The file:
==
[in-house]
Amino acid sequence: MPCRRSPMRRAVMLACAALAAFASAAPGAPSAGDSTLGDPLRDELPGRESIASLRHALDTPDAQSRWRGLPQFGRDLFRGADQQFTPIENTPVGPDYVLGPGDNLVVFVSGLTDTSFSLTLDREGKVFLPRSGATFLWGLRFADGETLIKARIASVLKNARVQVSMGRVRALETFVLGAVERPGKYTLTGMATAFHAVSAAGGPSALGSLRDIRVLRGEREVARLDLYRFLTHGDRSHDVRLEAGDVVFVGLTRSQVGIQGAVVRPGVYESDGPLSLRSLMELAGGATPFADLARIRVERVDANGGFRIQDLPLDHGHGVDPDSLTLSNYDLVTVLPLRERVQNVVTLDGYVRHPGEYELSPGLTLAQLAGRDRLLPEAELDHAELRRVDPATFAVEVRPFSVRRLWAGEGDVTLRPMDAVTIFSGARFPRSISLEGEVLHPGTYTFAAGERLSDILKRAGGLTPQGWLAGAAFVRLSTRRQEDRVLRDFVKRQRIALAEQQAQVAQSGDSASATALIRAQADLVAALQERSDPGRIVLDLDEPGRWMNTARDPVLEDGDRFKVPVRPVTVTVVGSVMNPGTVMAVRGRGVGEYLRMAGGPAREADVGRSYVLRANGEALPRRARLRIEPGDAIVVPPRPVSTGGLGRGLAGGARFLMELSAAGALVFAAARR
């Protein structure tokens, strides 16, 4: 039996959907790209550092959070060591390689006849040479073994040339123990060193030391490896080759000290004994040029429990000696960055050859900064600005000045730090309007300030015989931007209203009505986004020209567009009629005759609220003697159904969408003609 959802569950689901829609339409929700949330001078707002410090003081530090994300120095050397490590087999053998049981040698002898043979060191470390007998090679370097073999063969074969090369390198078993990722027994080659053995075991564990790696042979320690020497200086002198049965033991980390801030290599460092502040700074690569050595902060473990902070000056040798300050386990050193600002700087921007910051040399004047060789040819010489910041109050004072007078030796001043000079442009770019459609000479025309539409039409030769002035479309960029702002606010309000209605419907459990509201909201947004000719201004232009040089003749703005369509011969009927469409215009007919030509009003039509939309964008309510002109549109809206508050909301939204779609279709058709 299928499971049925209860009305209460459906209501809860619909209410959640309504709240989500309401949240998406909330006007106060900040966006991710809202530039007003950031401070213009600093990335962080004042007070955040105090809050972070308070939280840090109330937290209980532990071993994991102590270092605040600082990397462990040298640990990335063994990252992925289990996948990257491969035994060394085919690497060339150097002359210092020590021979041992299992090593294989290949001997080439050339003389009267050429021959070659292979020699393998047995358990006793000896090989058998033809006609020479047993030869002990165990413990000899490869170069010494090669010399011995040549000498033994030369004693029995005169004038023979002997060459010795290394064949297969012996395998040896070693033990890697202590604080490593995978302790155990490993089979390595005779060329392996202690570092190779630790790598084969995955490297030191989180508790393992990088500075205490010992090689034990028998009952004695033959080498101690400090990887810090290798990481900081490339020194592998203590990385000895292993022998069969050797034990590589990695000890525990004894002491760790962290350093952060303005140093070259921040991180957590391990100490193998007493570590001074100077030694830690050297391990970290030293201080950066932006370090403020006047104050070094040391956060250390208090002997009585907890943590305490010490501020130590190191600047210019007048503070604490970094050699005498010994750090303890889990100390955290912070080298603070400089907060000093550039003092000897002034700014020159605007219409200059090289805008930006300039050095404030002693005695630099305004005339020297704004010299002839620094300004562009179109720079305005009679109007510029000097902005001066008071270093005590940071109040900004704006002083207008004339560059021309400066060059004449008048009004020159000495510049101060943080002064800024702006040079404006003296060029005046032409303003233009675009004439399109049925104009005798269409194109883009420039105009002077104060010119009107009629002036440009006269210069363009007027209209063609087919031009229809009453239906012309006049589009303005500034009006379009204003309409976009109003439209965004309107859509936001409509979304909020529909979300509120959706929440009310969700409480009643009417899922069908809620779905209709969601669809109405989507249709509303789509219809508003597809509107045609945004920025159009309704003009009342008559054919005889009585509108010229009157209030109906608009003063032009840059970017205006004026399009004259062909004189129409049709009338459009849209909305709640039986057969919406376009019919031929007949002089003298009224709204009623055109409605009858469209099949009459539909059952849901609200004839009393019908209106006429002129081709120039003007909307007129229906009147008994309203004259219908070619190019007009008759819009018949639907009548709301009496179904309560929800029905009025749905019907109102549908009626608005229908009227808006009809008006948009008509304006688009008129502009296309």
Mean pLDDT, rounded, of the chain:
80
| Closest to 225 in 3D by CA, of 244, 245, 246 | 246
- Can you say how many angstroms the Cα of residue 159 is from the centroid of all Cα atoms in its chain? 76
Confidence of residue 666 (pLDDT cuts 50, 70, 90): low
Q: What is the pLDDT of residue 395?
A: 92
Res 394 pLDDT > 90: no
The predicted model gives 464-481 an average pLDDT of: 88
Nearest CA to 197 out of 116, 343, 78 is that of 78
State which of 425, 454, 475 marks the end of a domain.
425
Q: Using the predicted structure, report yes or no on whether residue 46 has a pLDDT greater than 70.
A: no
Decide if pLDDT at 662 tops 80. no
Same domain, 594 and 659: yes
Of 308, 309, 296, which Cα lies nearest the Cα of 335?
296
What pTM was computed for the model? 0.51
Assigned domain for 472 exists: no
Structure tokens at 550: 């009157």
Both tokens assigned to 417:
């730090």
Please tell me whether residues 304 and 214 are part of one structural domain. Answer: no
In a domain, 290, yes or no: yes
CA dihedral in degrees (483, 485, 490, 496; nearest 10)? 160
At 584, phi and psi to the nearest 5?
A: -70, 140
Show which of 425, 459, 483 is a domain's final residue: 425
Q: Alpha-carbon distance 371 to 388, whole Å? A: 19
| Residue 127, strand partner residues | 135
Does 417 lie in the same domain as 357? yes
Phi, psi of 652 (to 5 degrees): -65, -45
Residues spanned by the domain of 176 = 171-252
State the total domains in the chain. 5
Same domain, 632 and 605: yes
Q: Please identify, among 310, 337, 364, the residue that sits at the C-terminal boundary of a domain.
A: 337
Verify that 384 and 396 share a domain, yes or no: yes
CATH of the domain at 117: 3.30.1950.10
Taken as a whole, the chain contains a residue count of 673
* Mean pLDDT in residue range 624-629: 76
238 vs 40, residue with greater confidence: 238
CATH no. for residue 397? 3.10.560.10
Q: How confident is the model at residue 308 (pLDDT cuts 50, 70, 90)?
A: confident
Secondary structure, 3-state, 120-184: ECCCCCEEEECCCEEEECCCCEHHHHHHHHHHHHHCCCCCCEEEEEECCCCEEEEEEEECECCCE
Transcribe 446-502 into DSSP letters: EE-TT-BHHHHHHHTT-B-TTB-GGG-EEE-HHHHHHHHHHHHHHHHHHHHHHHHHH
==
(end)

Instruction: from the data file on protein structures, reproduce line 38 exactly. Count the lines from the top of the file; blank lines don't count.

State the total domains in the chain. 5